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International Conservation Union Lists African Elephants As Endangered Species

The populations of African forest elephants and African Savannah elephants are declining as poaching continues in some parts of Africa. 

The International Union for the Conservation of Nature (IUCN) has listed the African forest elephant among the animals “in critical danger of extinction.”

The IUCN also listed the African savannah elephant as being in danger and on the “red list” of threatened species.”

This follows the sharp decline in the population of these animals due to the activities of poachers and lack of habitation.

“We must in all urgency, put an end to poaching and ensure the conservation and availability of sufficient and convenient habitats for the elephants of the forest and the savannah,” said Dr Bruno Oberle, the Director-General of IUCN. 

“These last years, many African countries have shown the path to be followed, demonstrating that reversing the tendency of the decline of elephants is possible. We must work together so that their example can be followed.”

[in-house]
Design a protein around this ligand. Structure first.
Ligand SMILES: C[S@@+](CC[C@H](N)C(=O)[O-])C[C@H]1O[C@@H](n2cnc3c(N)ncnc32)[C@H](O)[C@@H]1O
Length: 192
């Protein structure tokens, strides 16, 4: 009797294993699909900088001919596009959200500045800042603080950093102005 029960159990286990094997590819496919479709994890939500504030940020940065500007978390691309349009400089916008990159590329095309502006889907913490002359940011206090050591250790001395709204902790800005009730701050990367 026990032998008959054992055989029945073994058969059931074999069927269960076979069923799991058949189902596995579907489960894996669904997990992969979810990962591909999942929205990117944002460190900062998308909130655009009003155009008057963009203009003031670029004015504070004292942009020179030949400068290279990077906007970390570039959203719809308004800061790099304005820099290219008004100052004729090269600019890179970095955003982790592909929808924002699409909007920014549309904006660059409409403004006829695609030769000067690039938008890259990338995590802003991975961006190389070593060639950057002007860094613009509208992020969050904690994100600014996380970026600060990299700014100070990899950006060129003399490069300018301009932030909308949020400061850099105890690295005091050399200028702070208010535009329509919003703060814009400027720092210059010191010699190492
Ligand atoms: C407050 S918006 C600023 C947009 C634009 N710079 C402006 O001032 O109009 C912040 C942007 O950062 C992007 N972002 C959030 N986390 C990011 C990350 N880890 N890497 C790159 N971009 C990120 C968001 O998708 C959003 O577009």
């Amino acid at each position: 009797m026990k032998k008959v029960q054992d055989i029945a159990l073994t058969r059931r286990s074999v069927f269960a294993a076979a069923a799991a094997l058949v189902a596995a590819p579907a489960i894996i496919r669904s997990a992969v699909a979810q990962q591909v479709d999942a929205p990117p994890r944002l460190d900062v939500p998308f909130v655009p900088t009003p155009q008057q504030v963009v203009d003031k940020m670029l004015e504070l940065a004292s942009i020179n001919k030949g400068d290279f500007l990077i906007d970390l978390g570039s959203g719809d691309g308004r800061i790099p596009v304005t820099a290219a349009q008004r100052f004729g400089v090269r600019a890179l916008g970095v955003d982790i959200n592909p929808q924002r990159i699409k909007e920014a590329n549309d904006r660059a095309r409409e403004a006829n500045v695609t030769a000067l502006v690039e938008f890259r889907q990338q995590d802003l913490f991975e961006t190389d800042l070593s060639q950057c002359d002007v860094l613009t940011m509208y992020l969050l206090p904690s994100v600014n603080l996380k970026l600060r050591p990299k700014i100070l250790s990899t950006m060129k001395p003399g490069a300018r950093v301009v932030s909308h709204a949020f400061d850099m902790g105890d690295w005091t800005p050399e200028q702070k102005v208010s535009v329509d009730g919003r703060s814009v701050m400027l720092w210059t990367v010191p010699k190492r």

The latest evaluations have shown proof of an important reduction in the number of African elephants throughout the continent. 

The forest elephant, which is smaller than its savannah cousin which lives essentially in the forests of Central Africa (notably in Gabon and Congo) and West Africa, have seen their populations decline by 86 per cent within the past 30 years.

The population of the savannah elephant has on its part reduced by 60 per cent within the last 50 years.

“The necessity of conserving in a creative way and managing these animals and their habitats judiciously is most pressing now than ever,” declared Dr Kathleen Gobush, the principal evaluator of the African elephants and member of the specialist group of IUCN on African elephants. 

The IUCN red list of endangered animal species now includes 134,425 species with 37,480 threatened with complete extinction.

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Chief Bisong Etahoben

Chief Bisong Etahoben is a Cameroonian investigative journalist and traditional ruler. He writes for international media and has participated in several transnational investigations. Etahoben won the first-ever Cameroon Investigative Journalist Award in 1992. He serves as a member of a number of international investigative journalism professional bodies including the Forum for African Investigative Reporters (FAIR). He is HumAngle's Francophone and Central Africa editor.

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